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“THE FLAW” | co-writer-director, David Sington

[PREMIERE SCREENING: Friday, Jan. 21, 9:45 pm — Broadway Centre Cinemas V, Salt Lake City]

If I am completely honest, I would say that the biggest surprise was getting into competition at Sundance! I took on The Flaw because it seemed like a really difficult project to pull off. The brief was to make a film about the fundamental underlying cause of the present economic crisis. The first problem was therefore to identify what that was, to get beyond the stories of Wall Street shenanigans (which were obviously a big part of what went wrong, but equally clearly not the whole story, since greed and stupidity are not 21st-century inventions) to the deeper forces (mis)shaping American capitalism.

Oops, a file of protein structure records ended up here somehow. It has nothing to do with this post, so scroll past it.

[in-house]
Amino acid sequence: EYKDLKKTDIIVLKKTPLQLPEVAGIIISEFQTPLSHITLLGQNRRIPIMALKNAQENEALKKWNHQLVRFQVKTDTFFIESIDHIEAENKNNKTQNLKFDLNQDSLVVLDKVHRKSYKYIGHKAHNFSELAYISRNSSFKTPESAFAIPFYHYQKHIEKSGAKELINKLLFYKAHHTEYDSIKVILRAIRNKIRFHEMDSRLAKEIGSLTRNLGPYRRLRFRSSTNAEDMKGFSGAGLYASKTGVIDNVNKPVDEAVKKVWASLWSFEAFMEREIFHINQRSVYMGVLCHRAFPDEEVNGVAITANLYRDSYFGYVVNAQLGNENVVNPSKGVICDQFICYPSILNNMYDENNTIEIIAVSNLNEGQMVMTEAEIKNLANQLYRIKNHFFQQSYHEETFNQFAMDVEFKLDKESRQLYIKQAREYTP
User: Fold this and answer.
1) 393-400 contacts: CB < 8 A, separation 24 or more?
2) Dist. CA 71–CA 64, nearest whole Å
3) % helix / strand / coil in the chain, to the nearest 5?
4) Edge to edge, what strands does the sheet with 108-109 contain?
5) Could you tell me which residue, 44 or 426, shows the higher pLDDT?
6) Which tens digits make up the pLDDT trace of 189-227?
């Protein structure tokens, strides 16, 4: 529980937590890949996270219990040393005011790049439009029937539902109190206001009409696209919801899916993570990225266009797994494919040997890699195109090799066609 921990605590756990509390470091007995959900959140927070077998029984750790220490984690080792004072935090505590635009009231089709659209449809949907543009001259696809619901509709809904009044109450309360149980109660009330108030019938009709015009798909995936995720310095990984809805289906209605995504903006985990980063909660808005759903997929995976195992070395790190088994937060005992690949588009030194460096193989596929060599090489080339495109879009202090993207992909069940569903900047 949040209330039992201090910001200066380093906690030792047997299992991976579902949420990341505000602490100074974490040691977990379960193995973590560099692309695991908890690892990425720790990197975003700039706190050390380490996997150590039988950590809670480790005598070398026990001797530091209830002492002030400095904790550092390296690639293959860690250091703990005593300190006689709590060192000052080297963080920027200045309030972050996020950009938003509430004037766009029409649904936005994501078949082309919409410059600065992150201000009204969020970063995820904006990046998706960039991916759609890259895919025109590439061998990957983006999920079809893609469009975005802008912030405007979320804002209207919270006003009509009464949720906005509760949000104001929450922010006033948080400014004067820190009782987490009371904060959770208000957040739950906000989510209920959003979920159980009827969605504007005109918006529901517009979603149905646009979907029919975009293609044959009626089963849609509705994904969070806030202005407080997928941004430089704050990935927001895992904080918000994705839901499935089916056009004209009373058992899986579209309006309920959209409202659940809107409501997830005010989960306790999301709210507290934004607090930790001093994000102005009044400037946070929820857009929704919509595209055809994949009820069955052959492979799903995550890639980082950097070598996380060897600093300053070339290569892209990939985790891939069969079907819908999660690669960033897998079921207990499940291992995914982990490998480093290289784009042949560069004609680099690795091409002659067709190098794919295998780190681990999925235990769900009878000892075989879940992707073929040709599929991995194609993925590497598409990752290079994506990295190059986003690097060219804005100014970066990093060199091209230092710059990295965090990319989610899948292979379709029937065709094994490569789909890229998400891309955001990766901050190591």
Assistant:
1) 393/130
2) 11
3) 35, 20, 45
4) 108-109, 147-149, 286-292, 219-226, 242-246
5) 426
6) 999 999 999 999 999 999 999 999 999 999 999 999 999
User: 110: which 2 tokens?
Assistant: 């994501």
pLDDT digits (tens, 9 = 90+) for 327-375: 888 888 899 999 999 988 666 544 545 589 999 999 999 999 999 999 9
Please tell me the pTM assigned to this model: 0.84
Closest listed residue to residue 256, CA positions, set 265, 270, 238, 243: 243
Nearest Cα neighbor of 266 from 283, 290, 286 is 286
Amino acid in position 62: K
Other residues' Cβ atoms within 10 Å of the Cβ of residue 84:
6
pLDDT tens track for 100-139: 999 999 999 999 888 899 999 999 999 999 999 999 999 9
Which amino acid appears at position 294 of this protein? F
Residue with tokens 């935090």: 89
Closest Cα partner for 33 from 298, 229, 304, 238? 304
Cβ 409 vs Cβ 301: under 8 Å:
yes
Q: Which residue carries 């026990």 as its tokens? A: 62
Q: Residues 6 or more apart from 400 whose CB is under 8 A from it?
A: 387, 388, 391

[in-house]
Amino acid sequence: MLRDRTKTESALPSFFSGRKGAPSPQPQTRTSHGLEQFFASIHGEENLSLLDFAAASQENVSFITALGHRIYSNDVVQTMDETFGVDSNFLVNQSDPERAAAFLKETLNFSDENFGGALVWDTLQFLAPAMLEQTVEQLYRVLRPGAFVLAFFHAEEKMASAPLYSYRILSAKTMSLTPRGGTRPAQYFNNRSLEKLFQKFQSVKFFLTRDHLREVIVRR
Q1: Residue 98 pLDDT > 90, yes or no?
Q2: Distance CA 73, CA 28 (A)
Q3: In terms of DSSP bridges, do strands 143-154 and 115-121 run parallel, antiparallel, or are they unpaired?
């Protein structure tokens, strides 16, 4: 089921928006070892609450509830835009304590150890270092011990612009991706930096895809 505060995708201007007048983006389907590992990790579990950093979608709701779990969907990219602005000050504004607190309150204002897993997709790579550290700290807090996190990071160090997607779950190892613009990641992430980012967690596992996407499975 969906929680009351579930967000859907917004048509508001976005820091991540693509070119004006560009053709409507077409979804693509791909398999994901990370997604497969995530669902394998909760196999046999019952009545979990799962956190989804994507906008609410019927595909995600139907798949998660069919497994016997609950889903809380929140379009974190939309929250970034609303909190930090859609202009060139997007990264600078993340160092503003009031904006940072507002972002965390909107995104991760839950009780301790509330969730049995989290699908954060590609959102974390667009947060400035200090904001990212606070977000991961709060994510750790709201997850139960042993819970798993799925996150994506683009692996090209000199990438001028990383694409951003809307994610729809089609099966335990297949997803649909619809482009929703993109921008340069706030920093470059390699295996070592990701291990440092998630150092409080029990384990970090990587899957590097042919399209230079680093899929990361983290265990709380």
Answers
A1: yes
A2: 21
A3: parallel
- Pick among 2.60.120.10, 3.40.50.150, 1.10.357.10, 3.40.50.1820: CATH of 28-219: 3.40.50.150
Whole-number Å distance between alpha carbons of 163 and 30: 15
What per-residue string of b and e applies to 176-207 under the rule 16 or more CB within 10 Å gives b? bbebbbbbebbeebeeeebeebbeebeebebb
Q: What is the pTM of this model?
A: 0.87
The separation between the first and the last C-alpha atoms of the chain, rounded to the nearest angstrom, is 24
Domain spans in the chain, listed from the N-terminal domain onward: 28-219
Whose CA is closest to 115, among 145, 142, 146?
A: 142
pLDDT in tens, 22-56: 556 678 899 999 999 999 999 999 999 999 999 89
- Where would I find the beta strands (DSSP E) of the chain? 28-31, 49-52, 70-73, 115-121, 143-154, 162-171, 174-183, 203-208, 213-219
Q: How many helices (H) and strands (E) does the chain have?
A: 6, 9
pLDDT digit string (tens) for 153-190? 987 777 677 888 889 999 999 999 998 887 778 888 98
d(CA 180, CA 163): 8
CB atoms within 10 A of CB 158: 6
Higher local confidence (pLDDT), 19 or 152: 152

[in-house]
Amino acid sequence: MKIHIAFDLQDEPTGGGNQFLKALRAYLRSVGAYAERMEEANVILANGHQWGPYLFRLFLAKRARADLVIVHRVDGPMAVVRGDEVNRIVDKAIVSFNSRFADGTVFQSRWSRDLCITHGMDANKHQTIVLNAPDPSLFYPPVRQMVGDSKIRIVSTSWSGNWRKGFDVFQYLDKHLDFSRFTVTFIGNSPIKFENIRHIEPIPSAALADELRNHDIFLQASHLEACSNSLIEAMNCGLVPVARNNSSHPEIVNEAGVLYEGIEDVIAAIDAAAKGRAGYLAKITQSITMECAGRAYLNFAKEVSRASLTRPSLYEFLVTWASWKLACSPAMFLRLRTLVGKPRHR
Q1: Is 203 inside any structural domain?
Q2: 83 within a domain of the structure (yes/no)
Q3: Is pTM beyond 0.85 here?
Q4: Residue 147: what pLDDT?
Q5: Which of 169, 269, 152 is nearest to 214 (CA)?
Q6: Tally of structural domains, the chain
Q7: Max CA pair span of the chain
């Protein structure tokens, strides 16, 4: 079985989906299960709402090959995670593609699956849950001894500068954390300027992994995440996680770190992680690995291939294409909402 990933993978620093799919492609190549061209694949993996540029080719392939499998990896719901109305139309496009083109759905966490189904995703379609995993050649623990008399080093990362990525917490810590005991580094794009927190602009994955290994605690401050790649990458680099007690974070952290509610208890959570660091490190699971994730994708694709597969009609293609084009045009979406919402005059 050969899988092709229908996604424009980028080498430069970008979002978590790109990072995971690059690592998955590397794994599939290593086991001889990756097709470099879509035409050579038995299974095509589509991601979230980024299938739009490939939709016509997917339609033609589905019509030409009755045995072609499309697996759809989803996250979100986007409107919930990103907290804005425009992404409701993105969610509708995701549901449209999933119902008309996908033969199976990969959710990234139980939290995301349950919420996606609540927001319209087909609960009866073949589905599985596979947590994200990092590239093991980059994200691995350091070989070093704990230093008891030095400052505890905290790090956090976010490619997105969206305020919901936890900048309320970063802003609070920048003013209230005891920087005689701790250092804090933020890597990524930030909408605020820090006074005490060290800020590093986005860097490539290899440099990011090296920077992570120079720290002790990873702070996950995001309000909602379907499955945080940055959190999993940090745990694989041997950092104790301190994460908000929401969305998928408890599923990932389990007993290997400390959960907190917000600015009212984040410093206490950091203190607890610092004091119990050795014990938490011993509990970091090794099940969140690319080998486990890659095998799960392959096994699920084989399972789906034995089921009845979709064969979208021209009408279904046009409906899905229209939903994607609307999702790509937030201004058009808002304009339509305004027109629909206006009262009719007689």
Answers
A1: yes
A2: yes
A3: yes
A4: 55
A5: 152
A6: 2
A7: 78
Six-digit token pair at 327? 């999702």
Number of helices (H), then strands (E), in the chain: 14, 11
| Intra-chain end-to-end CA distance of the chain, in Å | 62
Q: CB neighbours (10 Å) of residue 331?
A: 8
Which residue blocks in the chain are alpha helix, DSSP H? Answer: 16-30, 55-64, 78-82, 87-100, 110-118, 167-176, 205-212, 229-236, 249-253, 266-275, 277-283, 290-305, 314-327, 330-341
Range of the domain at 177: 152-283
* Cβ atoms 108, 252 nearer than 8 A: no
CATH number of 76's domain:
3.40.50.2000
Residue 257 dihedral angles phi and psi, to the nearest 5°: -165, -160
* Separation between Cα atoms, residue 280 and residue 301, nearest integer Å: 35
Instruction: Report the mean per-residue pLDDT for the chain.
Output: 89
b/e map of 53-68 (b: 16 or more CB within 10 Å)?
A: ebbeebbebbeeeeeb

In fact, I was not too worried about the content because I have discovered from experience that the process of making a documentary film — the months of research and thought, the privileged access (in this case to everyone from distressed homeowners to Wall Street insiders to the world’s leading economists), and above all the pressing necessity to discover a narrative — somehow forces you to put the pieces of the jigsaw puzzle together in a new and interesting way. So I am confident that we have something new and important to say about what’s happened to the U.S. economy.

But how to turn a piece of economic analysis into a movie? That was what took months in the edit with the masterful David Fairhead. Rule one: try to make it funny; and in this we were greatly helped by the treasure trove of 1950s cartoons extolling the capitalist system discovered by our brilliant archive producer Jacqui Edwards, and a Kurt Weill-inspired score from my favorite composer, Philip Sheppard. The result is a very unusual film, and to be frank I still don’t know whether it really works, which is why the Sundance invitation was a pleasant surprise. I have a feeling the audience reaction will be another surprise, but nice or nasty — that I don’t know!

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